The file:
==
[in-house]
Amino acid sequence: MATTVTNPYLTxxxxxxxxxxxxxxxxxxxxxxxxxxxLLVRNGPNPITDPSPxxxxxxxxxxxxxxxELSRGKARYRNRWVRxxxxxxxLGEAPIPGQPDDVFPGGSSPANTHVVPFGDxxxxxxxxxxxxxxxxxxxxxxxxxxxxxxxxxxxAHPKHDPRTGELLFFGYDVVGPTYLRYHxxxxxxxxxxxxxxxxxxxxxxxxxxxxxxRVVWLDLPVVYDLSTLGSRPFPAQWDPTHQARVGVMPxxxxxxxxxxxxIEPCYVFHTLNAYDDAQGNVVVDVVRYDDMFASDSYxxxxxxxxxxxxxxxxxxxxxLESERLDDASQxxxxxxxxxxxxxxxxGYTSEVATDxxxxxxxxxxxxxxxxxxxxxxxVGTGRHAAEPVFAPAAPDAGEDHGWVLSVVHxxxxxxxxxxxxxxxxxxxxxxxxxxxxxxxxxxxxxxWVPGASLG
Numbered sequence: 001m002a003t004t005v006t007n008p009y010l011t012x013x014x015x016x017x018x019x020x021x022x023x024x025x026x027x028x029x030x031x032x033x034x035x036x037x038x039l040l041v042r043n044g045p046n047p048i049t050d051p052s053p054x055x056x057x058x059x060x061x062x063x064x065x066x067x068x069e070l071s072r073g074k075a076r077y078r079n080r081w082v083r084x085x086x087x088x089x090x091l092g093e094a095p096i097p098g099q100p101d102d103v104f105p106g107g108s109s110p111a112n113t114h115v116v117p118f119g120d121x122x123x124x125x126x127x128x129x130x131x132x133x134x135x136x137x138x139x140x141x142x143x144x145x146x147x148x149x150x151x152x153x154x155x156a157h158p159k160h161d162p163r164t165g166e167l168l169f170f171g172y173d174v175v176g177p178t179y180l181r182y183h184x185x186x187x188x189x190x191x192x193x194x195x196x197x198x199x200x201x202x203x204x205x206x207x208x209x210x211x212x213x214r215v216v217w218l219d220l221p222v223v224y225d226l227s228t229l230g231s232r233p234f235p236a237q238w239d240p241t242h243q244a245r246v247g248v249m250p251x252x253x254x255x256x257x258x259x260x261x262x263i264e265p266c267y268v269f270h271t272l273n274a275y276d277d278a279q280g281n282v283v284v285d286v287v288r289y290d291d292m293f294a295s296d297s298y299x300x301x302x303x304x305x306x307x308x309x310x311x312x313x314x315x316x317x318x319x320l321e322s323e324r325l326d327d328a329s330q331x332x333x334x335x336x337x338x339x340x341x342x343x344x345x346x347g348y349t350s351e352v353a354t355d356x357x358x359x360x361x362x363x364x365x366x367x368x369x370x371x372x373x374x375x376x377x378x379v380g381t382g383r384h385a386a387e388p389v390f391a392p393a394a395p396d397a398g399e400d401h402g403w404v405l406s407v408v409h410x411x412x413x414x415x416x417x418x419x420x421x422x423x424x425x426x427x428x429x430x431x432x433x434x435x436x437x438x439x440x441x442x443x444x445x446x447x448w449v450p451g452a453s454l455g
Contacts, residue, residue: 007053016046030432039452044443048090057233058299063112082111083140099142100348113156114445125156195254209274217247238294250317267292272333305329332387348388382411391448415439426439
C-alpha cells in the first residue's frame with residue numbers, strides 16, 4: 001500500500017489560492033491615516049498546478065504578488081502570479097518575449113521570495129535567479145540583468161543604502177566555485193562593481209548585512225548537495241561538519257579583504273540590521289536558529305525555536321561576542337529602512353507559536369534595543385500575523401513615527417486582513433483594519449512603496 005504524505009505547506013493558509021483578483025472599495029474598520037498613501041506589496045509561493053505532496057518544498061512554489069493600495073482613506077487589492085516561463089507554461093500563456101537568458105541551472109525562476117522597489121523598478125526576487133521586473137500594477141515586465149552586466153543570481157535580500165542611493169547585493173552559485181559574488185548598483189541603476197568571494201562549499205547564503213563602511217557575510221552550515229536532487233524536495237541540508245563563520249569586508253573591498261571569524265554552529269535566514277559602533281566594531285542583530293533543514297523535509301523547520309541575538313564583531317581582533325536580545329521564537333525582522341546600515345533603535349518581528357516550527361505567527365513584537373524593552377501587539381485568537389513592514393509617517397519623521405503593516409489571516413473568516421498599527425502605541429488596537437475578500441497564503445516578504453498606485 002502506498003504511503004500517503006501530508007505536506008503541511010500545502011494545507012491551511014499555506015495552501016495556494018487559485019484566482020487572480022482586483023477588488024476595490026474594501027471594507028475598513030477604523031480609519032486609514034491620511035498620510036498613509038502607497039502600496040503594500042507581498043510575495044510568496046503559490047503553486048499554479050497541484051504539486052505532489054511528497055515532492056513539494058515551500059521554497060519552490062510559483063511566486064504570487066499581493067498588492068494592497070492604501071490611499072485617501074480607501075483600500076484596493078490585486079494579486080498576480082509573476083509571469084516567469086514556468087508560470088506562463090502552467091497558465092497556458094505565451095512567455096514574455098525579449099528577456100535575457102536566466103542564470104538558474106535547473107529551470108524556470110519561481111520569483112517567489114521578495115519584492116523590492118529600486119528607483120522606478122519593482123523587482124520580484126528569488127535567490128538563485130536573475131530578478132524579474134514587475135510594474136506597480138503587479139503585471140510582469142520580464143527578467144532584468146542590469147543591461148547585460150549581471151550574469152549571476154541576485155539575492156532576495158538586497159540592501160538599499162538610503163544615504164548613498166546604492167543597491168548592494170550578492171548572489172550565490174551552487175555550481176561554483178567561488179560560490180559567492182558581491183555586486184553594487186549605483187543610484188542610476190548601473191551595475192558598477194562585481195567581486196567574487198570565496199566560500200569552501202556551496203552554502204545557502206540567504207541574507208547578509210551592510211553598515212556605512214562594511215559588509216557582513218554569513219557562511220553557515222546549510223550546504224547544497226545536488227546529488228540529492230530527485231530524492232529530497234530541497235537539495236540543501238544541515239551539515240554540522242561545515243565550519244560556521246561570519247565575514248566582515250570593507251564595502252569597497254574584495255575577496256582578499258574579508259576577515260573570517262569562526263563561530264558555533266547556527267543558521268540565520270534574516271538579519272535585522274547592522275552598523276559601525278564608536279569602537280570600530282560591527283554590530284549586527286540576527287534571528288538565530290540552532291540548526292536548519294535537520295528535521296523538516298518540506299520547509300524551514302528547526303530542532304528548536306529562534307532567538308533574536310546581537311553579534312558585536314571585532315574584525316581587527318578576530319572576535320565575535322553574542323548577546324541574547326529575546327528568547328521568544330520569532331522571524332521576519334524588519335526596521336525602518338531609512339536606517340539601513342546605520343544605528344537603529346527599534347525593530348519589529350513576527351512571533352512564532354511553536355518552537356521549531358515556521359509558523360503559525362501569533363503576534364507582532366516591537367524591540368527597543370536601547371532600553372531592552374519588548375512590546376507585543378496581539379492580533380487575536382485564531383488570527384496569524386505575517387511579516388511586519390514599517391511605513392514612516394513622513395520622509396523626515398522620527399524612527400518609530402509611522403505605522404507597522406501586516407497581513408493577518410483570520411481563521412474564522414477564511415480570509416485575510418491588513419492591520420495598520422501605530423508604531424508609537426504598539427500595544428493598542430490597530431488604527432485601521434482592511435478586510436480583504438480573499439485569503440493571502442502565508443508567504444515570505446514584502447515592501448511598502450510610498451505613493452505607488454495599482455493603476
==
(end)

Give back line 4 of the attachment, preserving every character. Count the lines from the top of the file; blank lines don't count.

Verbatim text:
Contacts, residue, residue: 007053016046030432039452044443048090057233058299063112082111083140099142100348113156114445125156195254209274217247238294250317267292272333305329332387348388382411391448415439426439